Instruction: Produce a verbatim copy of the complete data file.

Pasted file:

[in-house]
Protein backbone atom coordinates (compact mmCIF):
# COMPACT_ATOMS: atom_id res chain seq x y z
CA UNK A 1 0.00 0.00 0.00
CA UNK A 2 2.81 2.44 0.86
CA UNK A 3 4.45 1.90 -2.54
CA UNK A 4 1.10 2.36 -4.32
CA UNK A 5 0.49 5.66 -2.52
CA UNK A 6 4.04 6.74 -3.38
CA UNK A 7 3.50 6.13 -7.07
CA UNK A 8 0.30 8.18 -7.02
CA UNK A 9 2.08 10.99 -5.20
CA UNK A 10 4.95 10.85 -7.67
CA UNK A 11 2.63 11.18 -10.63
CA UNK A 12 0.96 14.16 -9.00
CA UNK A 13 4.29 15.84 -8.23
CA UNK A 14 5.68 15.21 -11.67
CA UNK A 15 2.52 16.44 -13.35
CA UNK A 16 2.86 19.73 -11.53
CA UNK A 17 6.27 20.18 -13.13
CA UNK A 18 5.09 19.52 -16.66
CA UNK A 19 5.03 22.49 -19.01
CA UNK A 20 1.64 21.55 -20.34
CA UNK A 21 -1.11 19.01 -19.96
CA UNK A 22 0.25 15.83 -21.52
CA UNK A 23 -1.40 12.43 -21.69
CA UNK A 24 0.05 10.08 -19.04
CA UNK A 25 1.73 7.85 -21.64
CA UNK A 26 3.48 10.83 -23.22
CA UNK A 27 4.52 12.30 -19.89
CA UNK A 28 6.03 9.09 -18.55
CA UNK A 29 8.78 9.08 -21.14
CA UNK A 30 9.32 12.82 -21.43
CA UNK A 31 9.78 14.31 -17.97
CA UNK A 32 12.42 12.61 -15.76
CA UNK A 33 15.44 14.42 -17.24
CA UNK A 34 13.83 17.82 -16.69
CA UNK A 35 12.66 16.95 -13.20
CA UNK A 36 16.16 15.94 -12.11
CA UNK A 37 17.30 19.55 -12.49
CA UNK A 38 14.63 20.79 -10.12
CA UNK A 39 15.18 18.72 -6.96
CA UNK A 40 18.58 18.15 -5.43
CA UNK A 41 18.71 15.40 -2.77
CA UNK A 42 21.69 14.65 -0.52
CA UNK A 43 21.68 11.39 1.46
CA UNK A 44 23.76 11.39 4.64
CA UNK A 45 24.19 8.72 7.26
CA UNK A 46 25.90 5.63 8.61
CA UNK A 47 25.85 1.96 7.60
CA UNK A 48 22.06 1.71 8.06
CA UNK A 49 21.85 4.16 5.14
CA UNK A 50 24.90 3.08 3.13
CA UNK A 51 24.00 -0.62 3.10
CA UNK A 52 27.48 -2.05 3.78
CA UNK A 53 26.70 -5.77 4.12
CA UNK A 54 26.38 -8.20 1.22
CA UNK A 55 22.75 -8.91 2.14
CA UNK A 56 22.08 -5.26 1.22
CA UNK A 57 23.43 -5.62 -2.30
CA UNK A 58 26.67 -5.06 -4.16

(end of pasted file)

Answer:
[in-house]
Protein backbone atom coordinates (compact mmCIF):
# COMPACT_ATOMS: atom_id res chain seq x y z
CA UNK A 1 0.00 0.00 0.00
CA UNK A 2 2.81 2.44 0.86
CA UNK A 3 4.45 1.90 -2.54
CA UNK A 4 1.10 2.36 -4.32
CA UNK A 5 0.49 5.66 -2.52
CA UNK A 6 4.04 6.74 -3.38
CA UNK A 7 3.50 6.13 -7.07
CA UNK A 8 0.30 8.18 -7.02
CA UNK A 9 2.08 10.99 -5.20
CA UNK A 10 4.95 10.85 -7.67
CA UNK A 11 2.63 11.18 -10.63
CA UNK A 12 0.96 14.16 -9.00
CA UNK A 13 4.29 15.84 -8.23
CA UNK A 14 5.68 15.21 -11.67
CA UNK A 15 2.52 16.44 -13.35
CA UNK A 16 2.86 19.73 -11.53
CA UNK A 17 6.27 20.18 -13.13
CA UNK A 18 5.09 19.52 -16.66
CA UNK A 19 5.03 22.49 -19.01
CA UNK A 20 1.64 21.55 -20.34
CA UNK A 21 -1.11 19.01 -19.96
CA UNK A 22 0.25 15.83 -21.52
CA UNK A 23 -1.40 12.43 -21.69
CA UNK A 24 0.05 10.08 -19.04
CA UNK A 25 1.73 7.85 -21.64
CA UNK A 26 3.48 10.83 -23.22
CA UNK A 27 4.52 12.30 -19.89
CA UNK A 28 6.03 9.09 -18.55
CA UNK A 29 8.78 9.08 -21.14
CA UNK A 30 9.32 12.82 -21.43
CA UNK A 31 9.78 14.31 -17.97
CA UNK A 32 12.42 12.61 -15.76
CA UNK A 33 15.44 14.42 -17.24
CA UNK A 34 13.83 17.82 -16.69
CA UNK A 35 12.66 16.95 -13.20
CA UNK A 36 16.16 15.94 -12.11
CA UNK A 37 17.30 19.55 -12.49
CA UNK A 38 14.63 20.79 -10.12
CA UNK A 39 15.18 18.72 -6.96
CA UNK A 40 18.58 18.15 -5.43
CA UNK A 41 18.71 15.40 -2.77
CA UNK A 42 21.69 14.65 -0.52
CA UNK A 43 21.68 11.39 1.46
CA UNK A 44 23.76 11.39 4.64
CA UNK A 45 24.19 8.72 7.26
CA UNK A 46 25.90 5.63 8.61
CA UNK A 47 25.85 1.96 7.60
CA UNK A 48 22.06 1.71 8.06
CA UNK A 49 21.85 4.16 5.14
CA UNK A 50 24.90 3.08 3.13
CA UNK A 51 24.00 -0.62 3.10
CA UNK A 52 27.48 -2.05 3.78
CA UNK A 53 26.70 -5.77 4.12
CA UNK A 54 26.38 -8.20 1.22
CA UNK A 55 22.75 -8.91 2.14
CA UNK A 56 22.08 -5.26 1.22
CA UNK A 57 23.43 -5.62 -2.30
CA UNK A 58 26.67 -5.06 -4.16